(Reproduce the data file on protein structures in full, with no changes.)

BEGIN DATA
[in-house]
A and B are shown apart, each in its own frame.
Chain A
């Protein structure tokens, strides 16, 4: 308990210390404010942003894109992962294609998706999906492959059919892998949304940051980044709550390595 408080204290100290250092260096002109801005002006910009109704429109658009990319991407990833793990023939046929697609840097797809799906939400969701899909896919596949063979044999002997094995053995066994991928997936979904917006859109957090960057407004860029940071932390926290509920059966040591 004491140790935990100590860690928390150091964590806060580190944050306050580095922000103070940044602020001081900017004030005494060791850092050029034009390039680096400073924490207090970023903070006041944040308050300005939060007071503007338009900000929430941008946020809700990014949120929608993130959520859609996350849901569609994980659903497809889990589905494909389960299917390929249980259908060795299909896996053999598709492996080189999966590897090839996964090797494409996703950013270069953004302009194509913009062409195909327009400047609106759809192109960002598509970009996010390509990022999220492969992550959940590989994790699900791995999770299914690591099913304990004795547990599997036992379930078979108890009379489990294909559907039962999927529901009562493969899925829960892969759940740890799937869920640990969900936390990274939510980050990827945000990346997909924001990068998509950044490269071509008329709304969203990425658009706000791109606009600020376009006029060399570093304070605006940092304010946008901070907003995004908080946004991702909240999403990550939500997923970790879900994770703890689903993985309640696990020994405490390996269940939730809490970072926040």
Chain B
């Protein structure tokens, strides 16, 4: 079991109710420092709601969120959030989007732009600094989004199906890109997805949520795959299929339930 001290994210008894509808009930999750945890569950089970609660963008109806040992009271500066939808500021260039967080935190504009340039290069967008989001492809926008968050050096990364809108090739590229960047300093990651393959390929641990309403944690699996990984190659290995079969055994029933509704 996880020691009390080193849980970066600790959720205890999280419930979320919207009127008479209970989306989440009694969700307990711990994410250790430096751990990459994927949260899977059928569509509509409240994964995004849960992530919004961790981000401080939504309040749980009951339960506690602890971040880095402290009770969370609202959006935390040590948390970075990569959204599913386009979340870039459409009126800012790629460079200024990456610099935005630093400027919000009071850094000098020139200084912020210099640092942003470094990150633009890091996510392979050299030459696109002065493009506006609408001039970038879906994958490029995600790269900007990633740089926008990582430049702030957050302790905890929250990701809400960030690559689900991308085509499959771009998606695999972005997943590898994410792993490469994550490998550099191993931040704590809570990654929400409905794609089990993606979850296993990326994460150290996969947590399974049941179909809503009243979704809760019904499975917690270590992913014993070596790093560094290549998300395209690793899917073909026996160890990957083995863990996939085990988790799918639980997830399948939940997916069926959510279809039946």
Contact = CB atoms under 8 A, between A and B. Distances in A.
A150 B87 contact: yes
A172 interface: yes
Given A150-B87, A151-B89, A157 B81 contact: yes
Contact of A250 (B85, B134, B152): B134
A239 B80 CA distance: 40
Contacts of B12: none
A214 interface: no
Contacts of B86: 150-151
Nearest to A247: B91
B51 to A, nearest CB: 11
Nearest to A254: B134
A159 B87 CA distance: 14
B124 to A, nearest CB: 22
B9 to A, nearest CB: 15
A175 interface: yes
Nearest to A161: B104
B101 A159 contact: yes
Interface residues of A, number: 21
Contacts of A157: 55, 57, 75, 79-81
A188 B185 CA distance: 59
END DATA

[in-house]
A and B are shown apart, each in its own frame.
Chain A
């Protein structure tokens, strides 16, 4: 308990210390404010942003894109992962294609998706999906492959059919892998949304940051980044709550390595 408080204290100290250092260096002109801005002006910009109704429109658009990319991407990833793990023939046929697609840097797809799906939400969701899909896919596949063979044999002997094995053995066994991928997936979904917006859109957090960057407004860029940071932390926290509920059966040591 004491140790935990100590860690928390150091964590806060580190944050306050580095922000103070940044602020001081900017004030005494060791850092050029034009390039680096400073924490207090970023903070006041944040308050300005939060007071503007338009900000929430941008946020809700990014949120929608993130959520859609996350849901569609994980659903497809889990589905494909389960299917390929249980259908060795299909896996053999598709492996080189999966590897090839996964090797494409996703950013270069953004302009194509913009062409195909327009400047609106759809192109960002598509970009996010390509990022999220492969992550959940590989994790699900791995999770299914690591099913304990004795547990599997036992379930078979108890009379489990294909559907039962999927529901009562493969899925829960892969759940740890799937869920640990969900936390990274939510980050990827945000990346997909924001990068998509950044490269071509008329709304969203990425658009706000791109606009600020376009006029060399570093304070605006940092304010946008901070907003995004908080946004991702909240999403990550939500997923970790879900994770703890689903993985309640696990020994405490390996269940939730809490970072926040």
Chain B
């Protein structure tokens, strides 16, 4: 079991109710420092709601969120959030989007732009600094989004199906890109997805949520795959299929339930 001290994210008894509808009930999750945890569950089970609660963008109806040992009271500066939808500021260039967080935190504009340039290069967008989001492809926008968050050096990364809108090739590229960047300093990651393959390929641990309403944690699996990984190659290995079969055994029933509704 996880020691009390080193849980970066600790959720205890999280419930979320919207009127008479209970989306989440009694969700307990711990994410250790430096751990990459994927949260899977059928569509509509409240994964995004849960992530919004961790981000401080939504309040749980009951339960506690602890971040880095402290009770969370609202959006935390040590948390970075990569959204599913386009979340870039459409009126800012790629460079200024990456610099935005630093400027919000009071850094000098020139200084912020210099640092942003470094990150633009890091996510392979050299030459696109002065493009506006609408001039970038879906994958490029995600790269900007990633740089926008990582430049702030957050302790905890929250990701809400960030690559689900991308085509499959771009998606695999972005997943590898994410792993490469994550490998550099191993931040704590809570990654929400409905794609089990993606979850296993990326994460150290996969947590399974049941179909809503009243979704809760019904499975917690270590992913014993070596790093560094290549998300395209690793899917073909026996160890990957083995863990996939085990988790799918639980997830399948939940997916069926959510279809039946």
Contact = CB atoms under 8 A, between A and B. Distances in A.
A150 B87 contact: yes
A172 interface: yes
Given A150-B87, A151-B89, A157 B81 contact: yes
Contact of A250 (B85, B134, B152): B134
A239 B80 CA distance: 40
Contacts of B12: none
A214 interface: no
Contacts of B86: 150-151
Nearest to A247: B91
B51 to A, nearest CB: 11
Nearest to A254: B134
A159 B87 CA distance: 14
B124 to A, nearest CB: 22
B9 to A, nearest CB: 15
A175 interface: yes
Nearest to A161: B104
B101 A159 contact: yes
Interface residues of A, number: 21
Contacts of A157: 55, 57, 75, 79-81
A188 B185 CA distance: 59